The impact of whey protein consumption and exercise on the composition and diversity of the gut microbiota: a high through-put DNA sequencing approach
Skuse, Peter H
University College Cork
Advances in culture independent technologies over the last decade have highlighted the pivotal role which the gut microbiota plays in maintaining human health. Conversely, perturbations to the composition or actions of the ‘normal/functioning’ microbiota have been frequently associated with the pathogenesis of several disease states. Therefore the selective modulation of enteric microbial communities represents a viable target for the development of novel treatments for such diseases. Notably, while bovine whey proteins and exercise have been shown to positively influence several physiological processes, such as energy balance, their effect on the composition or functionality of the gut microbiota remains largely unknown. In this thesis, a variety of ex vivo, murine and human models are used in conjunction with high-throughput DNA sequencing-based analysis to provide valuable and novel insights into the impact of both whey proteins and exercise on enteric microbial communities. Overall the results presented in this thesis highlight that the consumption both whey protein isolate (WPI), and individual component proteins of whey such as bovine serum albumin (BSA) and lactoferrin, reduce high fat diet associated body weight gain and are associated with beneficial alterations within the murine gut microbiota. Although the impact of exercise on enteric microbial communities remains less clear, it may be that longer term investigations are required for the true effect of exercise on the gut microbiota to be fully elucidated.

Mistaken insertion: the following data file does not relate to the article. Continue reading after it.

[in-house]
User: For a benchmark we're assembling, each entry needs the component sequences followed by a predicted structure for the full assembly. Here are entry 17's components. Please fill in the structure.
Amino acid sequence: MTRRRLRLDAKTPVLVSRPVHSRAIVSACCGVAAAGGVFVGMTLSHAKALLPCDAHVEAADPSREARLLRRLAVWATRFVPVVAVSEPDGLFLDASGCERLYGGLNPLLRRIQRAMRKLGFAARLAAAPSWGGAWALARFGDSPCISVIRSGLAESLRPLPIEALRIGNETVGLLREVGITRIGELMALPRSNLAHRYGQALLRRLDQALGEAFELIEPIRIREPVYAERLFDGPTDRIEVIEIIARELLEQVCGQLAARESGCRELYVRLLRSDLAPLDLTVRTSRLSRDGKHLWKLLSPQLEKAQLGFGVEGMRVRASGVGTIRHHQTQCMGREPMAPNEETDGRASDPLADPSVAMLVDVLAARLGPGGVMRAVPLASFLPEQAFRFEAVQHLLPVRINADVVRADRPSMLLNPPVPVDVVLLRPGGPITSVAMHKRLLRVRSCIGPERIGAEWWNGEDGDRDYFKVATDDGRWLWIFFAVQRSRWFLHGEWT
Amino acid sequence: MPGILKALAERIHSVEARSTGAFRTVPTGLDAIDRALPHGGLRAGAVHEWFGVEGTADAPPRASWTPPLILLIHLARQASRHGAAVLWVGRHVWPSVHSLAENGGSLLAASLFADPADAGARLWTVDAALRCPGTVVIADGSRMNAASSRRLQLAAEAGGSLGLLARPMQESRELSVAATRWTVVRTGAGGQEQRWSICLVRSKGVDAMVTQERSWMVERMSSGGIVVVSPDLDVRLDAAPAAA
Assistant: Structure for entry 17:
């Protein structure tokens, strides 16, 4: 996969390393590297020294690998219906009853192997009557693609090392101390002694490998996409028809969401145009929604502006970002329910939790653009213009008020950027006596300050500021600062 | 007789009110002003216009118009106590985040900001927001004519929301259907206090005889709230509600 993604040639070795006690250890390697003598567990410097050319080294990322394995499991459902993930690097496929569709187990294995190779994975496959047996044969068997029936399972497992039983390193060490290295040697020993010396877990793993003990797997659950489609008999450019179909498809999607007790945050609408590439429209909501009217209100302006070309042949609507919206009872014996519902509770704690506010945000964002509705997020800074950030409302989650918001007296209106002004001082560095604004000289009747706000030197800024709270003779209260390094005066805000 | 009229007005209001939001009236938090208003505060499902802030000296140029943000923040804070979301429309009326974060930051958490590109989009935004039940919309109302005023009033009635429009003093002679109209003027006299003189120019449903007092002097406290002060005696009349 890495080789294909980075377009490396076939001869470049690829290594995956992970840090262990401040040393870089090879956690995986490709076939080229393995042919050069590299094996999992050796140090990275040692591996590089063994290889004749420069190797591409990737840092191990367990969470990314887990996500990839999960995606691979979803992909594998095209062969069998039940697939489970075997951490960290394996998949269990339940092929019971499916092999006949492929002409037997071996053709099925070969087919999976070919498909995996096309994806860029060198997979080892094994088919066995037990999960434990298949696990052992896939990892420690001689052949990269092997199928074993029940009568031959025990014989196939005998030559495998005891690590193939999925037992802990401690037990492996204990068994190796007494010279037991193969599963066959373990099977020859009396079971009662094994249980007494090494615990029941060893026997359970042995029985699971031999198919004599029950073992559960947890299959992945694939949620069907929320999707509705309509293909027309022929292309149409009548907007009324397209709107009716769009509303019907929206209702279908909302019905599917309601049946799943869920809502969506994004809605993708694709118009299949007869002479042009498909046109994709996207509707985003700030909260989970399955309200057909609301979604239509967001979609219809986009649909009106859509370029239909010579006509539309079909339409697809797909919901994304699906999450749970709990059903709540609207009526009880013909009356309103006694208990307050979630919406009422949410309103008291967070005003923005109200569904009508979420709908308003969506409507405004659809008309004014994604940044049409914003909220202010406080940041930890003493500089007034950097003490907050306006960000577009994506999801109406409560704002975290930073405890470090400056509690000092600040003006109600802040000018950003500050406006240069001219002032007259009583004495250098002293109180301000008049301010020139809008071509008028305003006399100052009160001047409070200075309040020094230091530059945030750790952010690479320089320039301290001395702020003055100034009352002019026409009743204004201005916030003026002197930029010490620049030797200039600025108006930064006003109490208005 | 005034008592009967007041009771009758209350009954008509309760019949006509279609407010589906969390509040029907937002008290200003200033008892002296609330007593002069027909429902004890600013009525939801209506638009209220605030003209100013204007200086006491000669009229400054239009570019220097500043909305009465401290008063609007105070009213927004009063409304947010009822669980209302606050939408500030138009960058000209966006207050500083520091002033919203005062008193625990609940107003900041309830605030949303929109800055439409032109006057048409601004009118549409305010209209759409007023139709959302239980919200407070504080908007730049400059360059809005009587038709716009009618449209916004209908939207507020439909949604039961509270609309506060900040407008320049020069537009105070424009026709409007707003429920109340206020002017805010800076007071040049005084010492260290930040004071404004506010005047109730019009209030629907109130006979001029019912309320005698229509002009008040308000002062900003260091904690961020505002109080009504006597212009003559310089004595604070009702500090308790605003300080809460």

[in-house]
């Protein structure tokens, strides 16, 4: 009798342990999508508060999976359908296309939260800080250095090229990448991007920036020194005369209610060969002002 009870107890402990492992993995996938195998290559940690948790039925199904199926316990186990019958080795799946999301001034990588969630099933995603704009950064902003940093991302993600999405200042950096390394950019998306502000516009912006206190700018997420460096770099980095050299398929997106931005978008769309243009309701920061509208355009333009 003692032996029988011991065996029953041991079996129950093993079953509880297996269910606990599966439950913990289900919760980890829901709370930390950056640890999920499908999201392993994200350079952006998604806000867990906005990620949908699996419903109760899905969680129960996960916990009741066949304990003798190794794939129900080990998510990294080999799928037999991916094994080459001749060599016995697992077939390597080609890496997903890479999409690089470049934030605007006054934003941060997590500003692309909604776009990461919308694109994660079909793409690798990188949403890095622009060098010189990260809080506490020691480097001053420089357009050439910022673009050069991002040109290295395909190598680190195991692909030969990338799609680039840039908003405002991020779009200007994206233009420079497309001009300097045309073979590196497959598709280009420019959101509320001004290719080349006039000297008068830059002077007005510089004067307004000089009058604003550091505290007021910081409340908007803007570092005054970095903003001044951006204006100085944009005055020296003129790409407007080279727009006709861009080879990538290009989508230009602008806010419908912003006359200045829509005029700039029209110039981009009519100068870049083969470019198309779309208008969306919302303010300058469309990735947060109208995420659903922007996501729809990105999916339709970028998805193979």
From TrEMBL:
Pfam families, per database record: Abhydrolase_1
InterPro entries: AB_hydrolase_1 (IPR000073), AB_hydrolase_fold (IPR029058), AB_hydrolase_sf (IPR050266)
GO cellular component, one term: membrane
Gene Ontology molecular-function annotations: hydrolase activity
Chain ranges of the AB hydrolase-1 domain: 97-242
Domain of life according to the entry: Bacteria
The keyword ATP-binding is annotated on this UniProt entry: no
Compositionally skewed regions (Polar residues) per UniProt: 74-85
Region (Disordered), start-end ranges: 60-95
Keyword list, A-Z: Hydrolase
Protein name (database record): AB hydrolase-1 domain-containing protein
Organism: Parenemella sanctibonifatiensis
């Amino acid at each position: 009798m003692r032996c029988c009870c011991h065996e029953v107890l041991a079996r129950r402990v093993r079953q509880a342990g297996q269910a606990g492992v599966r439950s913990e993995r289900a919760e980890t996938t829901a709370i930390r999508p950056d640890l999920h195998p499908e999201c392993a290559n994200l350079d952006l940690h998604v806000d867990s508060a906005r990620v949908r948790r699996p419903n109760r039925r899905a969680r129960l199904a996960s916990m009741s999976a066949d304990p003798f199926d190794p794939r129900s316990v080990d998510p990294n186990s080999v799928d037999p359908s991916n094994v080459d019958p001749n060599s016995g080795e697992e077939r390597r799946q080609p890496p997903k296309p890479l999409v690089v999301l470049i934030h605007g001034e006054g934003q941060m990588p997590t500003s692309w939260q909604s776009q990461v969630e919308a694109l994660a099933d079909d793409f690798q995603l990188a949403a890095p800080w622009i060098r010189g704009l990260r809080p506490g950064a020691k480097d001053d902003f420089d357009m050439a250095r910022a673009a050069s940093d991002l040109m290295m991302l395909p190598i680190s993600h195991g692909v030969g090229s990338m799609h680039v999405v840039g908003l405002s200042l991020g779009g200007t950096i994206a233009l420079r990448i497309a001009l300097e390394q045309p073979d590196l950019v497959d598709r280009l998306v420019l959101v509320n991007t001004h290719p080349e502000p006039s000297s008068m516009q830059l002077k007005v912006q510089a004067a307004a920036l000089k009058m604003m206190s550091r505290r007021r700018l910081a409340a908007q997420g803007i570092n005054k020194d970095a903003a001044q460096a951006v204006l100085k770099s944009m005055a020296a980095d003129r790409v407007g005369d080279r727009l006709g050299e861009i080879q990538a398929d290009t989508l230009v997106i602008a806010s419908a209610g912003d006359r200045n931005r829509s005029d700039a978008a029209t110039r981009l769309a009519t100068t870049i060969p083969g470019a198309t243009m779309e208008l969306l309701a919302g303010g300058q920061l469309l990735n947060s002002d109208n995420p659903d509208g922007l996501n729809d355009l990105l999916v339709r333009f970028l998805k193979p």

Microbiology , DNA sequencing , Whey protein , Exercise , Gut microbiota
Skuse, P. H. 2015. The impact of whey protein consumption and exercise on the composition and diversity of the gut microbiota: a high through-put DNA sequencing approach. PhD Thesis, University College Cork.